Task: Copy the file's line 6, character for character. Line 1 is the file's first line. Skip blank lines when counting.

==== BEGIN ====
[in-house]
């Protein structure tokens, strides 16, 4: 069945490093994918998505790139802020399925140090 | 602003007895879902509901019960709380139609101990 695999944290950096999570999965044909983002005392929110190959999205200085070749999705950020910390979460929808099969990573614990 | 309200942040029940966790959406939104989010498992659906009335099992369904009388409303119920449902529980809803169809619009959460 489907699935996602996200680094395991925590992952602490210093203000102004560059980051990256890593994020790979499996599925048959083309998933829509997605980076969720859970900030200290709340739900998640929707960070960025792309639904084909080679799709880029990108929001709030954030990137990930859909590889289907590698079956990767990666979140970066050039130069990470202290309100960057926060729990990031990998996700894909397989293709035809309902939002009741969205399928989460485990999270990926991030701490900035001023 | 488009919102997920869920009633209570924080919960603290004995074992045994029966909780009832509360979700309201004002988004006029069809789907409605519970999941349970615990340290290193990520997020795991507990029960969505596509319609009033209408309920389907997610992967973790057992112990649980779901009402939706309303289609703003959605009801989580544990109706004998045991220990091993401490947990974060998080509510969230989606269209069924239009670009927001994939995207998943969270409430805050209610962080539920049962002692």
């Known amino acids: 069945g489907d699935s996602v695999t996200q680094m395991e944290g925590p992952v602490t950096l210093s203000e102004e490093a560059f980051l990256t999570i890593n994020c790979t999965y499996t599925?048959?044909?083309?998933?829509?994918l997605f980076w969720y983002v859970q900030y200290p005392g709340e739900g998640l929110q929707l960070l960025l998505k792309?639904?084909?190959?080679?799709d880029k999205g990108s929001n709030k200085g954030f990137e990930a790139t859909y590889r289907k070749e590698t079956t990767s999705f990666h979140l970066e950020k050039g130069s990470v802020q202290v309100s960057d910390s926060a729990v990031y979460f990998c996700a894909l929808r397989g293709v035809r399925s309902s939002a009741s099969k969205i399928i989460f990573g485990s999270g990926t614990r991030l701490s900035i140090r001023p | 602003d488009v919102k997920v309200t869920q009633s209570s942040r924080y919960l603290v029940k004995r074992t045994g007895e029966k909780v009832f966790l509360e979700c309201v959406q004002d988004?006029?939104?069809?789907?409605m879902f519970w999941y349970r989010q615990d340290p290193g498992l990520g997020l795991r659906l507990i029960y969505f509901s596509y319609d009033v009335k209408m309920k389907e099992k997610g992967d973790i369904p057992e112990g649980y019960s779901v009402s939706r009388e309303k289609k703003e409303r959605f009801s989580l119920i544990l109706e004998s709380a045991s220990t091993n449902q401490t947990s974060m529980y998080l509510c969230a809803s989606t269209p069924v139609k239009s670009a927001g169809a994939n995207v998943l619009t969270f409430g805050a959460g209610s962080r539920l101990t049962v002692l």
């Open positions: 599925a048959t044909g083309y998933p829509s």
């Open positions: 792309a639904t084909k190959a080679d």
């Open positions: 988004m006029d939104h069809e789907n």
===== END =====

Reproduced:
């Open positions: 988004m006029d939104h069809e789907n």